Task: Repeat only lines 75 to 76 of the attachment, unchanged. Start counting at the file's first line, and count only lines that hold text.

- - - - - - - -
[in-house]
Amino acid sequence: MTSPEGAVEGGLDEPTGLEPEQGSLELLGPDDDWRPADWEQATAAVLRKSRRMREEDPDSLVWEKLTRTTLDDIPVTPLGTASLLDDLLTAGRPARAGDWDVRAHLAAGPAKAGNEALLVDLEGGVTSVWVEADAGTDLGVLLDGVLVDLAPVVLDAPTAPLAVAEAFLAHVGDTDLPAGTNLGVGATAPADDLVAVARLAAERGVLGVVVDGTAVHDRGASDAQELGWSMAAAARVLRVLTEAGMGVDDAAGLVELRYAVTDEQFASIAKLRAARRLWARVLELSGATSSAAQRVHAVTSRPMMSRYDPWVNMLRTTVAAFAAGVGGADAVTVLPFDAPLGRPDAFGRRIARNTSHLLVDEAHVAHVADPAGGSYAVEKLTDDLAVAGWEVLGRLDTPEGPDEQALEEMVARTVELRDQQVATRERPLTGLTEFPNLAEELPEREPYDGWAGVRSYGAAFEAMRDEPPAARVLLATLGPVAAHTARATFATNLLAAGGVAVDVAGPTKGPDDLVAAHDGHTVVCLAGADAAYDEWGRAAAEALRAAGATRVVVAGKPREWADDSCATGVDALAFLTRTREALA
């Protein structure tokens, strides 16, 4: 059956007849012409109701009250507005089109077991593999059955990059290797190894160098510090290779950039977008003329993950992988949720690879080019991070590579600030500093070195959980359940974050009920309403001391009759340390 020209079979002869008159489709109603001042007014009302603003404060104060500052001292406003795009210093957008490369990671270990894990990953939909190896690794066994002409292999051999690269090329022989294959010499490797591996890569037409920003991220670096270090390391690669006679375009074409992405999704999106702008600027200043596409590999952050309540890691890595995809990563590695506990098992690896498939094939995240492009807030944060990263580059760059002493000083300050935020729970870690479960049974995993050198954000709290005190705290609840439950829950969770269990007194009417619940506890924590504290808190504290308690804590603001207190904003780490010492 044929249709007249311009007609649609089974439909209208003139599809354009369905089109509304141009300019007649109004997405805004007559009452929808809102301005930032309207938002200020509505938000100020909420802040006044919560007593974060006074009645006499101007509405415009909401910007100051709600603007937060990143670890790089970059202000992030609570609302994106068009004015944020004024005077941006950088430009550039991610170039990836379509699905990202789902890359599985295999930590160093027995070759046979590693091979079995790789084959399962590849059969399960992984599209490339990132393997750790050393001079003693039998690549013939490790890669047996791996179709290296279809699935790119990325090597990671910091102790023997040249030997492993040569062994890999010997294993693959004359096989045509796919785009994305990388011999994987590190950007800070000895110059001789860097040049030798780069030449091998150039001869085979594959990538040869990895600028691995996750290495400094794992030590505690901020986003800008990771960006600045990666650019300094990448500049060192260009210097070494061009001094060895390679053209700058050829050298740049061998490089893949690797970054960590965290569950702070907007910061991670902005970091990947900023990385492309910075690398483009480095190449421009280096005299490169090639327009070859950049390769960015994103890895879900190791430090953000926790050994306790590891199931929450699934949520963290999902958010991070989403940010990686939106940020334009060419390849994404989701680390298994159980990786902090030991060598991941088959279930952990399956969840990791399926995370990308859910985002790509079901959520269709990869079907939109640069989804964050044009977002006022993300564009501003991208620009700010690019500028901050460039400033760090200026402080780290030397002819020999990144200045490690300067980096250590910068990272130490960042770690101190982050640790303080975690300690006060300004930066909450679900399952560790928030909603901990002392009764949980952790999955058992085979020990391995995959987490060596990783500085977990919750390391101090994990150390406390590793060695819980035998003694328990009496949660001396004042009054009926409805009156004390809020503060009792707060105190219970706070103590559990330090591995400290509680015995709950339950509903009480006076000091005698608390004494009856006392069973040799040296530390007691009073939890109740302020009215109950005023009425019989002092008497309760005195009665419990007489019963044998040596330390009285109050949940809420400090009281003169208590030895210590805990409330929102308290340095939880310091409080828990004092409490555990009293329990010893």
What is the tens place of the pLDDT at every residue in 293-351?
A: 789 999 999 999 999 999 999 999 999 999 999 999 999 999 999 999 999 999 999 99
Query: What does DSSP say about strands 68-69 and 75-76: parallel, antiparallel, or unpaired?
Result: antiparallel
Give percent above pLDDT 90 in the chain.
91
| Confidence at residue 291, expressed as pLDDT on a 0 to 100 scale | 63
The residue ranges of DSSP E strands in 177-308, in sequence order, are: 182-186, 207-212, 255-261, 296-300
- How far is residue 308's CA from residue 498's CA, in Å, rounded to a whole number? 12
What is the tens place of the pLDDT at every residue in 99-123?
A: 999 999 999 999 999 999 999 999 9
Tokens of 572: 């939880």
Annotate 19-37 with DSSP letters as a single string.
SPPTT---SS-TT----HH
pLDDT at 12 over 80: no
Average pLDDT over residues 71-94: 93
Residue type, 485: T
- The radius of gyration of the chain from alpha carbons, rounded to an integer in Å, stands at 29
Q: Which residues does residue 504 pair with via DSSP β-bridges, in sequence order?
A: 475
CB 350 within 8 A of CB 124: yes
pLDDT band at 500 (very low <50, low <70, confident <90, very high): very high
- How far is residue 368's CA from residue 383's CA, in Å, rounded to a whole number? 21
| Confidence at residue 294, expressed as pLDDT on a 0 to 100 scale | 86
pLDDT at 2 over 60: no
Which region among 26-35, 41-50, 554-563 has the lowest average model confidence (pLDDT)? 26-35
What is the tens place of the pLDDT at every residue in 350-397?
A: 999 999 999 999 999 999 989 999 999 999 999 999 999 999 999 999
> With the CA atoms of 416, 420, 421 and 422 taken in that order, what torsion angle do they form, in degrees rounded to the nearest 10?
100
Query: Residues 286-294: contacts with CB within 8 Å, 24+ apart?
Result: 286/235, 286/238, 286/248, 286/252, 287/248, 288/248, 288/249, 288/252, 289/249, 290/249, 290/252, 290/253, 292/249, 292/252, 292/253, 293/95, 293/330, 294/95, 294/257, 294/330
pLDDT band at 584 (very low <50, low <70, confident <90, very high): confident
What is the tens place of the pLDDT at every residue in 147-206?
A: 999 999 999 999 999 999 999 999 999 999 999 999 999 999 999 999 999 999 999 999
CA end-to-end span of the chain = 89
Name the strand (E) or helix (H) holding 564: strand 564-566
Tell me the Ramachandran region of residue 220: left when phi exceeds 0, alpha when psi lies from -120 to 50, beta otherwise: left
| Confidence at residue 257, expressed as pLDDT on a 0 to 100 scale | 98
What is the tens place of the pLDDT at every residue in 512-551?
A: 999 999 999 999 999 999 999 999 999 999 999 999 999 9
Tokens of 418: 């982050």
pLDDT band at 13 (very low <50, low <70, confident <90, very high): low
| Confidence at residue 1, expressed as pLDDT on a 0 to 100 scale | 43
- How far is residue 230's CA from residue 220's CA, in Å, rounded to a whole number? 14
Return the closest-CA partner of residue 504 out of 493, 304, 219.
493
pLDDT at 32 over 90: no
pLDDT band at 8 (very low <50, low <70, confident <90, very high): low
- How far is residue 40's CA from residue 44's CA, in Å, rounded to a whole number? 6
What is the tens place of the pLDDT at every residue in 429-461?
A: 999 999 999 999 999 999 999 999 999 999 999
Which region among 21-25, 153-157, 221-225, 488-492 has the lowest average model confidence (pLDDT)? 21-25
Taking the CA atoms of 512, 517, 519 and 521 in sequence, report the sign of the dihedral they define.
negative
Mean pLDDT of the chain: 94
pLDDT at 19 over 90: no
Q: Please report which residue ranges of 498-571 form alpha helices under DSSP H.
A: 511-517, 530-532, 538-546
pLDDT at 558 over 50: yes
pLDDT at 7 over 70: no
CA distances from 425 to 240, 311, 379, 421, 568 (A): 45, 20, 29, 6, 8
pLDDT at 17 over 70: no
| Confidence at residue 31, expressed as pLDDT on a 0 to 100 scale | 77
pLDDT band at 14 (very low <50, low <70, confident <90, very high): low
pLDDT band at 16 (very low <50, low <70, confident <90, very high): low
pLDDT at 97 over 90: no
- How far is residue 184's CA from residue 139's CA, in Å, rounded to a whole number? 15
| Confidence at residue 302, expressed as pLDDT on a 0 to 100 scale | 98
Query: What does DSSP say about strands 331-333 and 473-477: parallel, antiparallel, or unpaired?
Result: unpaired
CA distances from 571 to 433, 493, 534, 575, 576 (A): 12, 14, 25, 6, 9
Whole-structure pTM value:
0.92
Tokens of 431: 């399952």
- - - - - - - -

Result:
CA distances from 571 to 433, 493, 534, 575, 576 (A): 12, 14, 25, 6, 9
Whole-structure pTM value: